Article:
Growing Up Isn’t Easy for Us Moms…

This post today IS NOT for all the normal, care-free, happy-go-lucky moms who allow their kids all the freedoms they should be allowed.

1Happy Daughter

(She is definitely the cool, “more-loved” mom).

Oh, no.  This is a special blog for moms like me.  The not-so-normal ones, who love their kids “way too much” (if there is such a thing).  You know the ones who never want their kids to move away;  instead, we’d prefer they grow up, get married, and move back home, because we want to see them all the time…hug-and-kiss-them-as-if-they-were-still-little-tiny tots, all the time.  Yes, I’m that mom, and don’t judge me.  It’s not a good day for that.

1Mom yelling at daughter

(Like she really wants to move back home with this mom.  Wait, I’m not that mom…wrong photo!)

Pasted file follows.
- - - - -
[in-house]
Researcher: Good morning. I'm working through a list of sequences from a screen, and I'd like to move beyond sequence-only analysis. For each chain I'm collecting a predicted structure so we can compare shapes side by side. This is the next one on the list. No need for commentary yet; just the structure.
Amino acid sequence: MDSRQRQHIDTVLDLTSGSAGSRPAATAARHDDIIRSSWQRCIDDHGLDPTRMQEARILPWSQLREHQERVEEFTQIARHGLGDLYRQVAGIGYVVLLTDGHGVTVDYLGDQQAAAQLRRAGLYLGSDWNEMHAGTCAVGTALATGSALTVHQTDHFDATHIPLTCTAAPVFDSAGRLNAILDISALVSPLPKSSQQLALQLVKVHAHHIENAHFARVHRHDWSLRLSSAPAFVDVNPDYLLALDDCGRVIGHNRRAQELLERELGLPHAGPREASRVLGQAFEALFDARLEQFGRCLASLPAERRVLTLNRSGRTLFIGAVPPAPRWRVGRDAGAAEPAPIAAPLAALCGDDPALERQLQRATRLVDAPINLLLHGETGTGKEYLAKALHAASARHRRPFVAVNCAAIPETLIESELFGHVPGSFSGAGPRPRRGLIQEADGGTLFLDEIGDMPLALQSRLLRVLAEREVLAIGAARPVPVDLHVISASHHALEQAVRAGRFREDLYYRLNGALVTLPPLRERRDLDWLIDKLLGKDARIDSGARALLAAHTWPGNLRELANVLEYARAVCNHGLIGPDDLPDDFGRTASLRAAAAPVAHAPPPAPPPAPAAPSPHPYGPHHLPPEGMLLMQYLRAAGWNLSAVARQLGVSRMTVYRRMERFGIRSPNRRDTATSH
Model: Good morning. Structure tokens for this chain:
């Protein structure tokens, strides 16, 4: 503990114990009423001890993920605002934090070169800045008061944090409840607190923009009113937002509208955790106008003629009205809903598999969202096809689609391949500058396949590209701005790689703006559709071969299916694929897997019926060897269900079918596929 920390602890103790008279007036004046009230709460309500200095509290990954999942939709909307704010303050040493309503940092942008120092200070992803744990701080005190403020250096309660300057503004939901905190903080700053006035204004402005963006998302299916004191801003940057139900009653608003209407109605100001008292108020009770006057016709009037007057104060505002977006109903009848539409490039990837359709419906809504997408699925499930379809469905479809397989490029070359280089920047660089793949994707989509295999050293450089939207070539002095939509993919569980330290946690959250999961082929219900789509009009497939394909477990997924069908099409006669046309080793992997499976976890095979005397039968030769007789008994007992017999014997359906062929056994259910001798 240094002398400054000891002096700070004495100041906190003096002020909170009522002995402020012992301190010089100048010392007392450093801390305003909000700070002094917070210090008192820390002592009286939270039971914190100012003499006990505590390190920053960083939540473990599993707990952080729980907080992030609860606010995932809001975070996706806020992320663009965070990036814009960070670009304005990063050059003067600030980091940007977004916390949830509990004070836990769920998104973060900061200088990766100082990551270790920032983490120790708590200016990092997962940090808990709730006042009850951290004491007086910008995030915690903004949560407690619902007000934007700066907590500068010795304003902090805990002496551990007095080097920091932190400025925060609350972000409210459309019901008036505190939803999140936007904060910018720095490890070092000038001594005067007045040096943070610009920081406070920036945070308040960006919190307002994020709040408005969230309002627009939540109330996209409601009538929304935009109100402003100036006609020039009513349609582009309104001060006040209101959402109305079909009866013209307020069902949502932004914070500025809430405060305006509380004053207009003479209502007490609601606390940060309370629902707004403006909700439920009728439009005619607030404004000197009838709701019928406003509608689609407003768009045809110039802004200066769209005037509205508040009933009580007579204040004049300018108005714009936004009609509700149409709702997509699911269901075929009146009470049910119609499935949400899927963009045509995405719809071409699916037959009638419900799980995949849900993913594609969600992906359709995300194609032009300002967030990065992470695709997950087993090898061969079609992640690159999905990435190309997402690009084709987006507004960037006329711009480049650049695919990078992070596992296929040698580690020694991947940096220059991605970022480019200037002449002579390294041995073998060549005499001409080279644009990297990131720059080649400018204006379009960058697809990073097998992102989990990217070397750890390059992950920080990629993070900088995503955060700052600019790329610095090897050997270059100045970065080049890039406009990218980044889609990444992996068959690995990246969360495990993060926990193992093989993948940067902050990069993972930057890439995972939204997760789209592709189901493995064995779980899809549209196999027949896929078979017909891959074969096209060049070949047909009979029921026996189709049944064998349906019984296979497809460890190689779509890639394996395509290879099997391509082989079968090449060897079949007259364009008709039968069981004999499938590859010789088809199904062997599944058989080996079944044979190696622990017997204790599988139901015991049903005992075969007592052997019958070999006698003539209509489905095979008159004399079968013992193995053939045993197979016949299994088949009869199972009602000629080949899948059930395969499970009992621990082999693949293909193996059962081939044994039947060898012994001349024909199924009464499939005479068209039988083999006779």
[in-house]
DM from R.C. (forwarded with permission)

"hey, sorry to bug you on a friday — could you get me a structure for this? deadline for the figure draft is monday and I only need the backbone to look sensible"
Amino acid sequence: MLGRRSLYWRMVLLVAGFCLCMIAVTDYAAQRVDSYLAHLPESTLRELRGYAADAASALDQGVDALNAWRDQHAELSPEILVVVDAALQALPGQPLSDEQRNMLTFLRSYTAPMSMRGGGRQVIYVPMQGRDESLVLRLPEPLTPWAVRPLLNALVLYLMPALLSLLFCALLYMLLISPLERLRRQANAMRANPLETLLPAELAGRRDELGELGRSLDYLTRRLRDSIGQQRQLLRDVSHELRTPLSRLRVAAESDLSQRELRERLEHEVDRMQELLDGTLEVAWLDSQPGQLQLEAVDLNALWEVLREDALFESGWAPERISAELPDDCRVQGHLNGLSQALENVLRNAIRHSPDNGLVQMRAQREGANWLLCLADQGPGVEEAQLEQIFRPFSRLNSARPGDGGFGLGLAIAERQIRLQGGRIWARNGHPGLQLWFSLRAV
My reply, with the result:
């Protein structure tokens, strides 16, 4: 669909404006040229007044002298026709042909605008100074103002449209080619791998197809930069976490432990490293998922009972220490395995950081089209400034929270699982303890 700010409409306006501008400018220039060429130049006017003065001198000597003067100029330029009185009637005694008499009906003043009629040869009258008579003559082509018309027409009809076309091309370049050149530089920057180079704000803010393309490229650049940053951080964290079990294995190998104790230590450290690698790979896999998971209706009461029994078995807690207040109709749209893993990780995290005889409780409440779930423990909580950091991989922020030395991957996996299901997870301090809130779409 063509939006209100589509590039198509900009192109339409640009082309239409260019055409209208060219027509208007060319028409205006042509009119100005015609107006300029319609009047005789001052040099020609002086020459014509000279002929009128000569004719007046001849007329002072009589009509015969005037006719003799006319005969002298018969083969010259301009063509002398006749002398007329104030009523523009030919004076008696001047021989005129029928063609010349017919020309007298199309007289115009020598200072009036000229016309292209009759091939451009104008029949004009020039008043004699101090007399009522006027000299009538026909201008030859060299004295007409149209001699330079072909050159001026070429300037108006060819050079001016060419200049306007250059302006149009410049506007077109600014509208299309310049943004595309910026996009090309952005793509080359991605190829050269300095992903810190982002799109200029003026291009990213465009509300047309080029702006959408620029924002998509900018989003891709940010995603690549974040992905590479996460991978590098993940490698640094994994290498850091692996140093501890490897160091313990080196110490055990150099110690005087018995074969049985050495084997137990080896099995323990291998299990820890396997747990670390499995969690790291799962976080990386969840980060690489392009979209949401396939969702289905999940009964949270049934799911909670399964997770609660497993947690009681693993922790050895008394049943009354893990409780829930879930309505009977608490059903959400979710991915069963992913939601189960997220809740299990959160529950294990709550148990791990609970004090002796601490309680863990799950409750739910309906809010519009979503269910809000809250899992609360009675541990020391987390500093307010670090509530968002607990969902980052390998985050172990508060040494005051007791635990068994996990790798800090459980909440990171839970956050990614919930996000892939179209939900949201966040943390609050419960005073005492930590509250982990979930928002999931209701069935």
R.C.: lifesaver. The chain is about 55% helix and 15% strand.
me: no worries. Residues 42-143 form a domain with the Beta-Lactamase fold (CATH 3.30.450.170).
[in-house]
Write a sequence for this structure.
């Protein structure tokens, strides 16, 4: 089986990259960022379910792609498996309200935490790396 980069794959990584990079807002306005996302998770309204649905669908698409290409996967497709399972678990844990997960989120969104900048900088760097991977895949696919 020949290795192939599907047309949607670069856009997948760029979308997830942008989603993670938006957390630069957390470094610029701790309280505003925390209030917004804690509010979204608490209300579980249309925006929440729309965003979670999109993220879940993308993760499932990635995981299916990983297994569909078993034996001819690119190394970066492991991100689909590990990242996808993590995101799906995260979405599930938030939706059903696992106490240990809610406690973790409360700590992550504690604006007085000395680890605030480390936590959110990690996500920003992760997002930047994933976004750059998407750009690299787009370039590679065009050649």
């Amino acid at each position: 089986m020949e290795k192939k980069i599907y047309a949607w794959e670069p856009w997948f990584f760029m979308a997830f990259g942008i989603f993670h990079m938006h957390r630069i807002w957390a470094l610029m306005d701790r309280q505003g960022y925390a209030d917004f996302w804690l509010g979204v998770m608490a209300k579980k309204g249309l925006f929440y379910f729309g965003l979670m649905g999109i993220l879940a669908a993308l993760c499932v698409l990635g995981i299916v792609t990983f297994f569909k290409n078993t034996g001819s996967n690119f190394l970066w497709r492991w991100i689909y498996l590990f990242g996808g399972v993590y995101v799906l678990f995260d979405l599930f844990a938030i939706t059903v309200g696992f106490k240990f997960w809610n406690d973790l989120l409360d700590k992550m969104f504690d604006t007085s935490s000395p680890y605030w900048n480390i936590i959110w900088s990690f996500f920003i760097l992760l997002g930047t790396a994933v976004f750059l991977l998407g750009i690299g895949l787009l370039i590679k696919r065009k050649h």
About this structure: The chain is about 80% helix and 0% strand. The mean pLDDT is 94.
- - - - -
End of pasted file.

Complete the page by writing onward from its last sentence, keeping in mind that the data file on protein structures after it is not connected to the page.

I’m this mom…

1Unhappy daughter

(…where the kid’s get tired of being hugged and loved all the time. OK, this one’s no better than the one up top. Oh, heck!).

I often wonder if my daughters really appreciate all that I do for them and all the love that I bestow upon them.  Sometimes, I think that “they feel” it’s too much.  But, I always tell them how some kids have many struggles and hardships to deal with daily, and how those same kids get no love and attention at all.  I go on to stress just how blessed they are.

My baby is now a teenager and she doesn’t need me as much as she used to.  Often, I just want to lie around in her room, hugging her, but she says…“Mommy, that is #TeamTooMuch.”  (I think that’s kid-speak for “Nobody lays around with their mom hugging them at my age.”)